Saturday, October 29, 2011

A Word to the Wise Is Sufficient

People are sometimes puzzled by Proverbs 26:4-5, which reads (in the KJV):

Answer not a fool according to his folly, lest thou also be like unto him. Answer a fool according to his folly, lest he be wise in his own conceit.

Well, so what are you supposed to do? Answer him according to his folly or not? But here, as elsewhere, a word to the wise is sufficient. If both of these are true -- and they are certainly easy enough to confirm in everyday life -- the wise thing to do is never put yourself into situations where you have to choose whether to answer fools according to their folly. And, while maxims often seem randomly thrown together in Proverbs, this makes sense in context, since they occur in a brilliant series of drily ironic proverbs on the foolishness of dealing with fools (this time from the NIV):

A whip for the horse, a bridle for the donkey,
and a rod for the backs of fools!
Do not answer a fool according to his folly,
or you yourself will be just like him.
Answer a fool according to his folly,
or he will be wise in his own eyes.
Sending a message by the hands of a fool
is like cutting off one’s feet or drinking poison.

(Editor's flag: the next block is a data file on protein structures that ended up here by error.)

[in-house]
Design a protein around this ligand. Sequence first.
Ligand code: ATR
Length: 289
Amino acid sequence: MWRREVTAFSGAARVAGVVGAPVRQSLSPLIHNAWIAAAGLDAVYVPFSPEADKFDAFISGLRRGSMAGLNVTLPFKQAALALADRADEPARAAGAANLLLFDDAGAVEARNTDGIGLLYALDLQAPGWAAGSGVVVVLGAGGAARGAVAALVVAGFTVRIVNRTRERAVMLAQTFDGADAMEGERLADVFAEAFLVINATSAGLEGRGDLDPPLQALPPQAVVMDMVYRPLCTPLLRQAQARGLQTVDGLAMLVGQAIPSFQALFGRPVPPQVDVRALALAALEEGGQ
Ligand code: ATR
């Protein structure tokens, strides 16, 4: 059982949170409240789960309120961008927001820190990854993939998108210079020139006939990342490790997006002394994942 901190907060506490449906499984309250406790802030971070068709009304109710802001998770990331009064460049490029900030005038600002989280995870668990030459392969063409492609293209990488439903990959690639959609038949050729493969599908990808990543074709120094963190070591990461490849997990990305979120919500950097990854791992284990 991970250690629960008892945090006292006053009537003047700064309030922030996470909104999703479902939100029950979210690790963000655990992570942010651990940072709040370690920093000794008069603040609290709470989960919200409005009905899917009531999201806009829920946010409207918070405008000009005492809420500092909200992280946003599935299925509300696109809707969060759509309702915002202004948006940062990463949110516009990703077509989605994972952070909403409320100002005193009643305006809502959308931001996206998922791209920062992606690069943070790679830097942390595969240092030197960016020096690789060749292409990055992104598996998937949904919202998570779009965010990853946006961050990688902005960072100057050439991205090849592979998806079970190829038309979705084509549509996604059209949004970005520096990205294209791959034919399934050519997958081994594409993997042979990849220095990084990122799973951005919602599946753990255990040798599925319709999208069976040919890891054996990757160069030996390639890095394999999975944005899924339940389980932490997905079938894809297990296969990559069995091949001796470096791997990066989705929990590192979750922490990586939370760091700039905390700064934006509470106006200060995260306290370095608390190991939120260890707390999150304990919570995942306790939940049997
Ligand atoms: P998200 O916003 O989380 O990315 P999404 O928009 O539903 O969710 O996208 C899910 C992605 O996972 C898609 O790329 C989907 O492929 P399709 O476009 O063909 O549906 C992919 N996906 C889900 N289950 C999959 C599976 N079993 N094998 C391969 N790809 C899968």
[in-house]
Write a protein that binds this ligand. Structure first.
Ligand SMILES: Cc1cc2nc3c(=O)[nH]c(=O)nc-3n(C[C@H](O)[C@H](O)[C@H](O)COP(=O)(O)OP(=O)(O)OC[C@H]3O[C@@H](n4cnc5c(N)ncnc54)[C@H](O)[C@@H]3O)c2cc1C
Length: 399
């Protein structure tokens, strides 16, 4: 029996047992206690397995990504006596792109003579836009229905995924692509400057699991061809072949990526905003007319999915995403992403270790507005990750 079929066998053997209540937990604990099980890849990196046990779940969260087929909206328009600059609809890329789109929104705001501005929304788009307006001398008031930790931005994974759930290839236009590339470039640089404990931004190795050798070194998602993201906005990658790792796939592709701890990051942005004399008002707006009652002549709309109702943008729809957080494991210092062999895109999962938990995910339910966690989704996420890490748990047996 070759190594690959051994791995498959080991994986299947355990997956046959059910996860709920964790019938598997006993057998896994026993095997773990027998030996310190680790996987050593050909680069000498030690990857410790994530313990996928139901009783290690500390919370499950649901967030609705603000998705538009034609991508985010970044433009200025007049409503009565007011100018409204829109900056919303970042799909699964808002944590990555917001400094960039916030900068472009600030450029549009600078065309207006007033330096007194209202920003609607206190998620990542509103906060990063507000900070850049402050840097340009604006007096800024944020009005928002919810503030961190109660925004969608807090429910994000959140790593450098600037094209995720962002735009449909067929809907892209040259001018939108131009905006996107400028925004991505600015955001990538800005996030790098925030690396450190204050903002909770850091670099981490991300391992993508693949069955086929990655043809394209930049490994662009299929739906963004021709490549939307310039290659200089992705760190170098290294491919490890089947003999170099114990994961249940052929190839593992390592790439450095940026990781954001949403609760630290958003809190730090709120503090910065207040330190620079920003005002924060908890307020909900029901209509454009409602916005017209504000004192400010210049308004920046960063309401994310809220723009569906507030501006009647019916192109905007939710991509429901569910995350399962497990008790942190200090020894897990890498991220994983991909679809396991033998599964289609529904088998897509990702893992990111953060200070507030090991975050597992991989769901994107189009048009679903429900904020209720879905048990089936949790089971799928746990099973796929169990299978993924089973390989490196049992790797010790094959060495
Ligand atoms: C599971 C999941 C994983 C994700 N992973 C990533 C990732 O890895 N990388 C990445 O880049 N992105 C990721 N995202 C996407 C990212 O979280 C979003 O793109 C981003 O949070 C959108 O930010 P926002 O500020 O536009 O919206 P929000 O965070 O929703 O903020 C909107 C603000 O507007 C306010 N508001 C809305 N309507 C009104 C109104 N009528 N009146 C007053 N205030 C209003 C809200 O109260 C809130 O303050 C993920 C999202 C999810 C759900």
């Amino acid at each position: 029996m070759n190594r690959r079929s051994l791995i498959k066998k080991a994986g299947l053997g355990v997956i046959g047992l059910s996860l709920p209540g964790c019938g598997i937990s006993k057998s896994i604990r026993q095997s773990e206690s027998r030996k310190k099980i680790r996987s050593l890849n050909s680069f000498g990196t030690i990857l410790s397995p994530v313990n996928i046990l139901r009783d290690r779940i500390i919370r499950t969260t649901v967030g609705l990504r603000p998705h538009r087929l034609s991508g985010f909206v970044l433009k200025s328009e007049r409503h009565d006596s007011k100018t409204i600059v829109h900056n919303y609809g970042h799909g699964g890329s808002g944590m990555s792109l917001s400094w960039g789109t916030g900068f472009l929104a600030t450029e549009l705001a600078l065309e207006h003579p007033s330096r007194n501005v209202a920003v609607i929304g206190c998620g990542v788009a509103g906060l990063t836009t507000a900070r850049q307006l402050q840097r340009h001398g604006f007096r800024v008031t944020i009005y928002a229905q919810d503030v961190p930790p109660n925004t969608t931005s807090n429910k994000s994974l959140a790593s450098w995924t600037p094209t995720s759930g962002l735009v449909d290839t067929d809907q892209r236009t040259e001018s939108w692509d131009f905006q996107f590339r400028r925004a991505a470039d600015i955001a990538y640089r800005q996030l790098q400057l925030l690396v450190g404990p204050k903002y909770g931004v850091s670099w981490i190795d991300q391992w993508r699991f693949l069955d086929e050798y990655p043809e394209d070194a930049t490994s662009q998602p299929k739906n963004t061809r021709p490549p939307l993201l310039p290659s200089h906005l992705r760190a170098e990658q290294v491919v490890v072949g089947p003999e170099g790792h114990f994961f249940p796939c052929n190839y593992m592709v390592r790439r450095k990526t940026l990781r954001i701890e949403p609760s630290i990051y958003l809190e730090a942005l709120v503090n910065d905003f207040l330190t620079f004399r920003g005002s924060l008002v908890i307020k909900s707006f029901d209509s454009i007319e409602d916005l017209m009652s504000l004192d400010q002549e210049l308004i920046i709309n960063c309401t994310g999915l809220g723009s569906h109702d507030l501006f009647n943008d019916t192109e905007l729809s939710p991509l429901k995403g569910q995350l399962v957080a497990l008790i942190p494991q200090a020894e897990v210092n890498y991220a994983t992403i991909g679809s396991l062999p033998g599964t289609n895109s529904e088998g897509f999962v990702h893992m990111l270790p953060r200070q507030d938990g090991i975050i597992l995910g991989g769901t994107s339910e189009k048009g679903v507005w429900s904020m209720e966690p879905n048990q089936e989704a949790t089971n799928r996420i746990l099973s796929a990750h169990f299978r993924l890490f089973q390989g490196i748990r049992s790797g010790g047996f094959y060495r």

Like the useless legs of one who is lame
is a proverb in the mouth of a fool.
Like tying a stone in a sling
is the giving of honor to a fool.
Like a thornbush in a drunkard’s hand
is a proverb in the mouth of a fool.
Like an archer who wounds at random
is one who hires a fool or any passer-by.
As a dog returns to its vomit,
so fools repeat their folly.
Do you see a person wise in their own eyes?
There is more hope for a fool than for them.

Ah, blogosphere: either Solomon or the men of Hezekiah who gathered up these Solomonic maxims were true prophets, and saw you even then.

Benedict XVI on Theistically Inclined Agnostics

An interesting passage from the Pope's recent address at the ecumenical meeting in Assisi:

They are “pilgrims of truth, pilgrims of peace”. They ask questions of both sides. They take away from militant atheists the false certainty by which these claim to know that there is no God and they invite them to leave polemics aside and to become seekers who do not give up hope in the existence of truth and in the possibility and necessity of living by it. But they also challenge the followers of religions not to consider God as their own property, as if he belonged to them, in such a way that they feel vindicated in using force against others. These people are seeking the truth, they are seeking the true God, whose image is frequently concealed in the religions because of the ways in which they are often practised. Their inability to find God is partly the responsibility of believers with a limited or even falsified image of God. So all their struggling and questioning is in part an appeal to believers to purify their faith, so that God, the true God, becomes accessible.